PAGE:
Beautifully brought together in an ethereal and moving final scene, The Winter’s Tale is an unlikely, but wonderful marriage between rural Kiwi humour and enthralling Shakespearean tragedy. From the finest costuming details to the haunting music provided by just one guitar and drum kit, every aspect of the performance is polished without being overwrought. This year’s Summer Shakespeare has succeeded in making one of Shakespeare’s “problem plays” accessible and highly entertaining, and has proved that there is much more to The Winter’s Tale than Shakespeare’s most famous stage direction.

I don't believe in New Years resolutions. But if I did, mine this year would be to go to the theatre more often. And let's be honest, given my previous track record, "more often" roughly equates to "at all". Wellington is so brimming with the arts, that drama seeps out from under Cuba Street doorways, and gutters run thick with paint. I don't have many regrets from my time here, but I do regret not making the most of this wealth of creativity and talent we have all around us.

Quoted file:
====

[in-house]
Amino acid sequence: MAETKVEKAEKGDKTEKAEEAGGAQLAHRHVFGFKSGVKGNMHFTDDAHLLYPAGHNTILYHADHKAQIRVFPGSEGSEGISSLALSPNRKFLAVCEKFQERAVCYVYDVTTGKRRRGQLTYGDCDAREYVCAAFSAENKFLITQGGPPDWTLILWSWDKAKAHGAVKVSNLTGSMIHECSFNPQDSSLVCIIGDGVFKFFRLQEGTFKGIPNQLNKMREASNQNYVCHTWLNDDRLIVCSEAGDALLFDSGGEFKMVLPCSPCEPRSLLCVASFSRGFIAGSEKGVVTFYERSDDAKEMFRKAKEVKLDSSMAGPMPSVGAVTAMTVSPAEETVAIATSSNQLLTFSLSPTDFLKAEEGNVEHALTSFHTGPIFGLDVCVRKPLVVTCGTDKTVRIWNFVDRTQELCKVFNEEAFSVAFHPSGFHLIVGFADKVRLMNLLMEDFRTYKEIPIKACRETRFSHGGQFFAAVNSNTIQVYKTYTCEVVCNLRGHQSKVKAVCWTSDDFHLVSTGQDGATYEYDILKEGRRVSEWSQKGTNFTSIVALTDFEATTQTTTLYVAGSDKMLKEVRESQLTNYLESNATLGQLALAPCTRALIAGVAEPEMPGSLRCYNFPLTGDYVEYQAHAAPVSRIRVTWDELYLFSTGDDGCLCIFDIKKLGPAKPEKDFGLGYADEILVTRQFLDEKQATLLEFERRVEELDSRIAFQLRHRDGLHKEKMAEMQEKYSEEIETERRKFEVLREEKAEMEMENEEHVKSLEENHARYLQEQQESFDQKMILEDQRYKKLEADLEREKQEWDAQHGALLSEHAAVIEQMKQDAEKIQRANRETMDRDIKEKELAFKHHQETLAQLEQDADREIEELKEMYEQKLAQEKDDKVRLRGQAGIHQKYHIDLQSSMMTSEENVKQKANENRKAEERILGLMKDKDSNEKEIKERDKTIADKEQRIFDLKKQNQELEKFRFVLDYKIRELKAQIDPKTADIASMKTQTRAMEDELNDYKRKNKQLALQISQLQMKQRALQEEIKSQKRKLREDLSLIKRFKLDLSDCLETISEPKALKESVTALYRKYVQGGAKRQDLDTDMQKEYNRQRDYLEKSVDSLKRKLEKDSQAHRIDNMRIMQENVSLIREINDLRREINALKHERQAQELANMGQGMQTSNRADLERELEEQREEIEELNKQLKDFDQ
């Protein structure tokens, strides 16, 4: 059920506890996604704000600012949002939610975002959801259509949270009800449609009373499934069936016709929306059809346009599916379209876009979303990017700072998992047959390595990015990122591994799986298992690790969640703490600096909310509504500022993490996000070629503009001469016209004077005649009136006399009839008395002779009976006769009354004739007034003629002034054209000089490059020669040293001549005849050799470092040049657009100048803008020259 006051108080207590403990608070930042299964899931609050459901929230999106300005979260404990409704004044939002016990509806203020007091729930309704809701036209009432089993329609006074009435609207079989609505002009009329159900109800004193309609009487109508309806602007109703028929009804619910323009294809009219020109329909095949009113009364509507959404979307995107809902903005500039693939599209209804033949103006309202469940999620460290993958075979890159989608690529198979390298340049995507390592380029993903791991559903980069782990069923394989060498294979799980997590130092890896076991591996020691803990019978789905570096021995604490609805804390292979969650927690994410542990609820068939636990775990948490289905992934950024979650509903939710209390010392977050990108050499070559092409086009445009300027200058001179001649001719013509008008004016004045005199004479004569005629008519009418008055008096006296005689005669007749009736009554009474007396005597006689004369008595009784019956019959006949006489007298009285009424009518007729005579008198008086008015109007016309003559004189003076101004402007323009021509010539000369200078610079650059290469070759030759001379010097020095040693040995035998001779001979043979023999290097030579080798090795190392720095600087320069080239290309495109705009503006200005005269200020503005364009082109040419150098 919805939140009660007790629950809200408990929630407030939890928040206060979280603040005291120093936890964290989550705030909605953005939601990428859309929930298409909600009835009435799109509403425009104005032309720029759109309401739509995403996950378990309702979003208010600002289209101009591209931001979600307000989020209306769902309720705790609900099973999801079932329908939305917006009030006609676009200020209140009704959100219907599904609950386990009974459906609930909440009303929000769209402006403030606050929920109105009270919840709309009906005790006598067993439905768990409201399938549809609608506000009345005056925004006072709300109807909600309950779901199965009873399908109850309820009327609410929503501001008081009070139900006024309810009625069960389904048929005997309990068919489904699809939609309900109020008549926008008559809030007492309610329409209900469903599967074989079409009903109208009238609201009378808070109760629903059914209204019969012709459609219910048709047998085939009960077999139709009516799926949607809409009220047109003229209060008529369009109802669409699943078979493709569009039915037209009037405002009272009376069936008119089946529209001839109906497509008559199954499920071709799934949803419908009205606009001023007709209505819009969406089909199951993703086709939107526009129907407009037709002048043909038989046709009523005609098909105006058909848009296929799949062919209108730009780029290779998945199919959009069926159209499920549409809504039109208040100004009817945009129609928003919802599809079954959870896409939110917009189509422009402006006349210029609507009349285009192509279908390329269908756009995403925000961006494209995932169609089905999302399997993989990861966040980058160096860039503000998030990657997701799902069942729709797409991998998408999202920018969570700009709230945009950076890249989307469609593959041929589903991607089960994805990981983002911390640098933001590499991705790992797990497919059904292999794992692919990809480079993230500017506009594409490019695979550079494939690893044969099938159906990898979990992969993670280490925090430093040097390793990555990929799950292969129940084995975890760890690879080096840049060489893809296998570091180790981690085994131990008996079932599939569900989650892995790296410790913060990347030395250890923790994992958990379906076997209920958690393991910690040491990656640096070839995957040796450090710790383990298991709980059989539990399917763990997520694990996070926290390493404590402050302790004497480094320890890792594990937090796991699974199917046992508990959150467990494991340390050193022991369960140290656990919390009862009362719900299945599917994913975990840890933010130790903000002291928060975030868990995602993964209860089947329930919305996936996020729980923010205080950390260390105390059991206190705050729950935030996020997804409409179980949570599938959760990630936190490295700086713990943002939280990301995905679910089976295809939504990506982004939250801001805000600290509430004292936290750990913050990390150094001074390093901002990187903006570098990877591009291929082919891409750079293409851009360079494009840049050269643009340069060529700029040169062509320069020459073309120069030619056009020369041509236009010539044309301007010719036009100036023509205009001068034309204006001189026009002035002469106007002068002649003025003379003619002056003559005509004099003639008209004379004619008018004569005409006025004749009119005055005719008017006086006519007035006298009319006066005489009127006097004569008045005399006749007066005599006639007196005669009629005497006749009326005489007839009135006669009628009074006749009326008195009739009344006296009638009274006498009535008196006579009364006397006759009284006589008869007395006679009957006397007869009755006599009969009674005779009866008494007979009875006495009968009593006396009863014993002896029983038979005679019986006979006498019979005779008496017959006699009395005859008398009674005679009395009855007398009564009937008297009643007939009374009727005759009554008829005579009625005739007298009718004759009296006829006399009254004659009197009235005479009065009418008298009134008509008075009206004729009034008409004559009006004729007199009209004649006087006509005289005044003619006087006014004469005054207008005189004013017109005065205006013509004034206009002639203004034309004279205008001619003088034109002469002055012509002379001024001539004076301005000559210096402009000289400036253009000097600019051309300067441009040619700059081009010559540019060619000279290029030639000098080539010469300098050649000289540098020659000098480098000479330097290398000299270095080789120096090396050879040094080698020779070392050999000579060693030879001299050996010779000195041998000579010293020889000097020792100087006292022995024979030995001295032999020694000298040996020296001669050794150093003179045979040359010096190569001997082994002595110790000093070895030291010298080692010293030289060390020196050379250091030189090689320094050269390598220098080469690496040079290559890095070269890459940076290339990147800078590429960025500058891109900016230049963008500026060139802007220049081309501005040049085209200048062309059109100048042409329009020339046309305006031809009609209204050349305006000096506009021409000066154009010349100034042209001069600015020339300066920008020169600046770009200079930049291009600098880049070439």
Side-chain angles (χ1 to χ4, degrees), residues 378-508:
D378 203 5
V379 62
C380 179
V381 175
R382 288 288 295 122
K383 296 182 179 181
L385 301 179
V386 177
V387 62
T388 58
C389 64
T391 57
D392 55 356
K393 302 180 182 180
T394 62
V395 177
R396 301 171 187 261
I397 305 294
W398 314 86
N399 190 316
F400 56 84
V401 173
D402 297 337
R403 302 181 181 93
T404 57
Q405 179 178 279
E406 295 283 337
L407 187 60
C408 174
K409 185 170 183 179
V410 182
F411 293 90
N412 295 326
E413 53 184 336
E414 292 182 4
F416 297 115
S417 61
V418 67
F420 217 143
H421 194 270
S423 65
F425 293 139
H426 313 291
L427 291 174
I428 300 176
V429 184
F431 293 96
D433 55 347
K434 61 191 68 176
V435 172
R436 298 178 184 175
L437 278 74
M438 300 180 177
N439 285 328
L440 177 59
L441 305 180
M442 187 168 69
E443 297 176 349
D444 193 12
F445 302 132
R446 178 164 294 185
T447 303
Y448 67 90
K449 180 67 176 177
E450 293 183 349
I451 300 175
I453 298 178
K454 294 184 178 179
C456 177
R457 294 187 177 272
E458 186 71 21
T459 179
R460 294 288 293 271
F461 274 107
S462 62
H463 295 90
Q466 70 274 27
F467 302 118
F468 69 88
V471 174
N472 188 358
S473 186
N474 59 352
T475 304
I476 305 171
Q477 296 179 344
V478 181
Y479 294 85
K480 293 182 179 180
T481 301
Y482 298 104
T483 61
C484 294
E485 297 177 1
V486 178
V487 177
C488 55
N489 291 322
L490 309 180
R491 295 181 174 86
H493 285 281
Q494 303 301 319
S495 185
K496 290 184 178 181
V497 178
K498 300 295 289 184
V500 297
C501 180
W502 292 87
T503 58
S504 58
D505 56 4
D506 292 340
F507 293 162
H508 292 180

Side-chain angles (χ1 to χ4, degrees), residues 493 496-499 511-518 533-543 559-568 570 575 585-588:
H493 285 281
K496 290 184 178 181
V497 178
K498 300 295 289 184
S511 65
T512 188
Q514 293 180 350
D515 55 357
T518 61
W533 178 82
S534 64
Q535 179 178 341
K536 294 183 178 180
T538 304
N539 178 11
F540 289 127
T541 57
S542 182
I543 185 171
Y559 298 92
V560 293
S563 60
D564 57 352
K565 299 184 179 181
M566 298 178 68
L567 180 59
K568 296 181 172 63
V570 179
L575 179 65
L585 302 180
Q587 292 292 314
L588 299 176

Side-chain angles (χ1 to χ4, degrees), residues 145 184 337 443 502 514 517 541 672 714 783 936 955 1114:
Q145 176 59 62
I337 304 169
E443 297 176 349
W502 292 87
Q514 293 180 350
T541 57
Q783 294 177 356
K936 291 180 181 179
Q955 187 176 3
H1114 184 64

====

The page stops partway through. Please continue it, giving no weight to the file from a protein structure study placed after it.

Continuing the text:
In the last month or so I've been to a Shakespearean play in the Botanical Gardens and a Mozart opera at Mighty Mighty. Apart from raising your salty Cuba Street cred through the roof, performances like these are well worth a look. And with so many events free, or with decent student prices there are no excuses- you don't even have to sacrifice the price of two drinks at El Horno.  Even if it's not usually your thing, give a night a the theatre a go, a bit of culture every once in a while can't hurt, and if you need to feel studenty you can still bring along your Bernadino and twisties.

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Monday, February 21, 2011